Grieving for a Travellers’ Cafe
I’ve been to the German Bakery many times. In the month I spent at the Iyengar Institute, it was our Sunday breakfast spot, and anytime we were nearby, we stopped for coffee.
So my sadness has the extra edge of grieving not just for the people who were hurt, and their families, but for the place itself, the bookstore upstairs, the little Tibetan jewellry stores in the lane and the rickshaw stand outside where you might or might not find a driver willing to break away from the conversation and take a fare.
The German Bakery was close to the Osho compound, the centre built around the late Bhagwan Sri Rajneesh, the Rolls-Royce guru of Antelope, Oregon.
The bakery was cleverly named, because Osho has a strong following in Germany, and there is nothing German travellers seem to miss half as much as German bread.
But apart from the name, and parts of the menu, there was nothing especially German about the German Bakery. The only shiny things were the two glass display cases in the back, with yogurt, muesli, cinnamon buns and other sweets, wholewheat bread and German jams. It served good coffee, real toast, omelets and other breakfast food, sandwiches, fresh fruit, juices and herbal teas.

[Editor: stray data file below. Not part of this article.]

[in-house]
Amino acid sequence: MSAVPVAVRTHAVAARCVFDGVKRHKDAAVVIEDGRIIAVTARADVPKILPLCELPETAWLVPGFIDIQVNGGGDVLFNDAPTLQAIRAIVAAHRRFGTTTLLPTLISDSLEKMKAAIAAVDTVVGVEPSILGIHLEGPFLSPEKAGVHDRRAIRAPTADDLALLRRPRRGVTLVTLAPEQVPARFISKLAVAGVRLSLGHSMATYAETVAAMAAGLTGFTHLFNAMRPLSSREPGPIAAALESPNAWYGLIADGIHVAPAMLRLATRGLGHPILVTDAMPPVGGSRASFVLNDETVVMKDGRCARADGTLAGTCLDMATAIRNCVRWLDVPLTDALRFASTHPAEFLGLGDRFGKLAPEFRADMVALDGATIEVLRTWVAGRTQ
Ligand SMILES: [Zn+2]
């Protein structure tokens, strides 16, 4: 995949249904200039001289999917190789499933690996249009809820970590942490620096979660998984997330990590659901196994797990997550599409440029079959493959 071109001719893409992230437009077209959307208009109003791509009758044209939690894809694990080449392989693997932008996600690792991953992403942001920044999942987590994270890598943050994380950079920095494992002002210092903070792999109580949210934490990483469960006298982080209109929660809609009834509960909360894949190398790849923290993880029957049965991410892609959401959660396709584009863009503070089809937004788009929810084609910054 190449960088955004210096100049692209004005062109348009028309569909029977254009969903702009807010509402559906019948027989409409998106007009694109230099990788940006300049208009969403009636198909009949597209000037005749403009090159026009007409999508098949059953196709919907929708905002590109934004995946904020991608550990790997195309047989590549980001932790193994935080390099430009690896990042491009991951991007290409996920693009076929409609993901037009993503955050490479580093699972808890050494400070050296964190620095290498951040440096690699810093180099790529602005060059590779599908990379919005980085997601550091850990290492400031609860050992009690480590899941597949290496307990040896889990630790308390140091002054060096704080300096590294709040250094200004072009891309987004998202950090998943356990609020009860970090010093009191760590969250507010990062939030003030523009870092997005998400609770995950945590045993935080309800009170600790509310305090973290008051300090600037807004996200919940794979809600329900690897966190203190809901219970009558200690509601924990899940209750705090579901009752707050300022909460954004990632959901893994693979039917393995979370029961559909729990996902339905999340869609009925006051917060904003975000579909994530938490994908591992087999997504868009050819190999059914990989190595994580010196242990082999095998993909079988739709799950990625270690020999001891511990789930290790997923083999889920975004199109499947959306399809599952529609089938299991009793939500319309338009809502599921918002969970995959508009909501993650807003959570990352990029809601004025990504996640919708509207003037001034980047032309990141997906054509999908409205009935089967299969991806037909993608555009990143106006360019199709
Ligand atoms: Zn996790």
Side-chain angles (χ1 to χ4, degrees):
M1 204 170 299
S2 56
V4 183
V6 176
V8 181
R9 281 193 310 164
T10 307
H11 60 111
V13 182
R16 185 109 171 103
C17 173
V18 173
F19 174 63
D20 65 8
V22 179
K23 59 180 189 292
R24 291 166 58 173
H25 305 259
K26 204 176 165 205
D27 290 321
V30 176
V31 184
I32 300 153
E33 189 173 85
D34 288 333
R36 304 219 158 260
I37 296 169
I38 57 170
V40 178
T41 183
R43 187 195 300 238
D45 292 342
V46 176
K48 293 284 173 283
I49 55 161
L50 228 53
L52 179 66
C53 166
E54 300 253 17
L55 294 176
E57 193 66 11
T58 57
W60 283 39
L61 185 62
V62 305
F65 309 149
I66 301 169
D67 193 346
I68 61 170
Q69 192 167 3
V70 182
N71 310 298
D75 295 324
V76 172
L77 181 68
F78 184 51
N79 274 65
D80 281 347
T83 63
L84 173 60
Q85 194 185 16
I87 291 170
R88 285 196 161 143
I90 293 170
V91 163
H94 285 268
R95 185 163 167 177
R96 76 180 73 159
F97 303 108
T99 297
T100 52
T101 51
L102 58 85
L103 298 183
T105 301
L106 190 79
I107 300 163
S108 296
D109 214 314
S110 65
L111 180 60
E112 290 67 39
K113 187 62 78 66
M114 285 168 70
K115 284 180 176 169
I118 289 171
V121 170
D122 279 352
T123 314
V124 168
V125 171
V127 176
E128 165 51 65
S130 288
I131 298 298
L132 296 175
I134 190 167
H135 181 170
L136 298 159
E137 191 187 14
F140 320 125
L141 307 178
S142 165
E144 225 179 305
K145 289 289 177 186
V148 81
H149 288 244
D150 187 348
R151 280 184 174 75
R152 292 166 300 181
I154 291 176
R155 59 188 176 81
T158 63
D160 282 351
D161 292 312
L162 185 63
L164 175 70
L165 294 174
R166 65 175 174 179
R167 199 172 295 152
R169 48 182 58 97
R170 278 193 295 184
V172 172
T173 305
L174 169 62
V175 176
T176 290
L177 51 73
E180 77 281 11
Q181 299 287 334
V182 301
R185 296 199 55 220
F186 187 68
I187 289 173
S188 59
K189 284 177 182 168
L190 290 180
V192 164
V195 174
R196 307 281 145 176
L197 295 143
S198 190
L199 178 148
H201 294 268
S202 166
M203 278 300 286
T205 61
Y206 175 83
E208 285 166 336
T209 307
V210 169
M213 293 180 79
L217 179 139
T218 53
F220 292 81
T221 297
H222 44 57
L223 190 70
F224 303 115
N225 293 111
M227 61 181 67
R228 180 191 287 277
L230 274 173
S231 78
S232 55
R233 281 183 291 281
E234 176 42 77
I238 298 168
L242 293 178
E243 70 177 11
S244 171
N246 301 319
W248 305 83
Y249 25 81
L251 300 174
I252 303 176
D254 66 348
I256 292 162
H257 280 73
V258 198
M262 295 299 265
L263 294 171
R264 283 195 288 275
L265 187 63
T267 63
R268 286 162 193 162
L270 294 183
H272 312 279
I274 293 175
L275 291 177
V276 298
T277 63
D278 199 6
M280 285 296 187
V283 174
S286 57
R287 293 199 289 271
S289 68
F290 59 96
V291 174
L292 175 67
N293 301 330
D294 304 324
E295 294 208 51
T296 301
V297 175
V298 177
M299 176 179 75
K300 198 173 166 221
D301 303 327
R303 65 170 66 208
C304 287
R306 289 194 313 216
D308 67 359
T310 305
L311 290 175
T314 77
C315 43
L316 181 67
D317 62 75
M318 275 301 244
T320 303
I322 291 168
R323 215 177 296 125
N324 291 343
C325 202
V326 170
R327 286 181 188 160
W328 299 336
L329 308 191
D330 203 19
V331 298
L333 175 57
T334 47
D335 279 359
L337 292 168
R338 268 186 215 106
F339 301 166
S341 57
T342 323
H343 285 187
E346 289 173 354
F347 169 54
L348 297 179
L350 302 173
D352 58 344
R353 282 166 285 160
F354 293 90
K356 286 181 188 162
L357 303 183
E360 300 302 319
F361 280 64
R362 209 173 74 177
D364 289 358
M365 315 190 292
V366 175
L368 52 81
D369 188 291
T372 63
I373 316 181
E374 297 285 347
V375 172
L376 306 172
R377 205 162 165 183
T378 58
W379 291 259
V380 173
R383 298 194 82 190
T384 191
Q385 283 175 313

First you’d place and pay for your order, an exercise in navigating chaos, then try to find a seat. There were low benches to sit on and small tables you could move around or assemble for a big group. The tables were about knee high. In the daytime, it was bright inside, a green and watery light, partly from the translucent plastic roof over the front seating area, partly sun streaming in the window and through the cracks in the painted bamboo walls.
And while young Indian people ate there too, mostly there were travellers, tall German women in Osho maroon robes, lithe North American and Australian yoginis wearing the bright, loose cotton clothes for sale on the street outside, young families in hiking boots, older travellers in uber-practical Tilley gear, all of our travels momentarily intersecting in the friendly green light of the German Bakery.
Along with the building, the bomb destroyed the comfortable illusion that despite its four million people, Pune is really a small town, and those who can somehow convince themselves that killing is good will save the mayhem for bigger, more important places.
Perhaps more than most travellers’ cafes, the German Bakery attracted people whose paths were spiritual, who based their lives on ahimsa (non-harming, or friendliness), the first and most profound yogic value. In the face of this horror, the strongest thing we can do is to renew our commitment to a life of non-harming.